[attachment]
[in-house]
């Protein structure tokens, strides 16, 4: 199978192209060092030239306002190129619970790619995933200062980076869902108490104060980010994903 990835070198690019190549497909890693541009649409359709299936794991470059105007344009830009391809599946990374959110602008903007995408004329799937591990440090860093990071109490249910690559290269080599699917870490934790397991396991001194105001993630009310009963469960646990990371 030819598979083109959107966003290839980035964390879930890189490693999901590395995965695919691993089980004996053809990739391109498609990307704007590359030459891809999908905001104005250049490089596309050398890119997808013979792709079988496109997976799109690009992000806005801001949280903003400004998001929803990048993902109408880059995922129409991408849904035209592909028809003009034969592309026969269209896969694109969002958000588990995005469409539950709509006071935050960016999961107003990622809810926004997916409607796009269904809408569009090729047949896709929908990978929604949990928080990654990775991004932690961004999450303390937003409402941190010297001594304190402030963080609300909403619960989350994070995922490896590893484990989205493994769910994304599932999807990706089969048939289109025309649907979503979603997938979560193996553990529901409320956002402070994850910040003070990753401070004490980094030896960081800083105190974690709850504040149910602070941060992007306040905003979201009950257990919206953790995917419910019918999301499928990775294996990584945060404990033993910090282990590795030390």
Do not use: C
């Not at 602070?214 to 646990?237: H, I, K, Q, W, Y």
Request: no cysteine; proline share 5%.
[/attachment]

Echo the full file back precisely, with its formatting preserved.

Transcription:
[in-house]
């Protein structure tokens, strides 16, 4: 199978192209060092030239306002190129619970790619995933200062980076869902108490104060980010994903 990835070198690019190549497909890693541009649409359709299936794991470059105007344009830009391809599946990374959110602008903007995408004329799937591990440090860093990071109490249910690559290269080599699917870490934790397991396991001194105001993630009310009963469960646990990371 030819598979083109959107966003290839980035964390879930890189490693999901590395995965695919691993089980004996053809990739391109498609990307704007590359030459891809999908905001104005250049490089596309050398890119997808013979792709079988496109997976799109690009992000806005801001949280903003400004998001929803990048993902109408880059995922129409991408849904035209592909028809003009034969592309026969269209896969694109969002958000588990995005469409539950709509006071935050960016999961107003990622809810926004997916409607796009269904809408569009090729047949896709929908990978929604949990928080990654990775991004932690961004999450303390937003409402941190010297001594304190402030963080609300909403619960989350994070995922490896590893484990989205493994769910994304599932999807990706089969048939289109025309649907979503979603997938979560193996553990529901409320956002402070994850910040003070990753401070004490980094030896960081800083105190974690709850504040149910602070941060992007306040905003979201009950257990919206953790995917419910019918999301499928990775294996990584945060404990033993910090282990590795030390």
Do not use: C
């Not at 602070?214 to 646990?237: H, I, K, Q, W, Y």
Request: no cysteine; proline share 5%.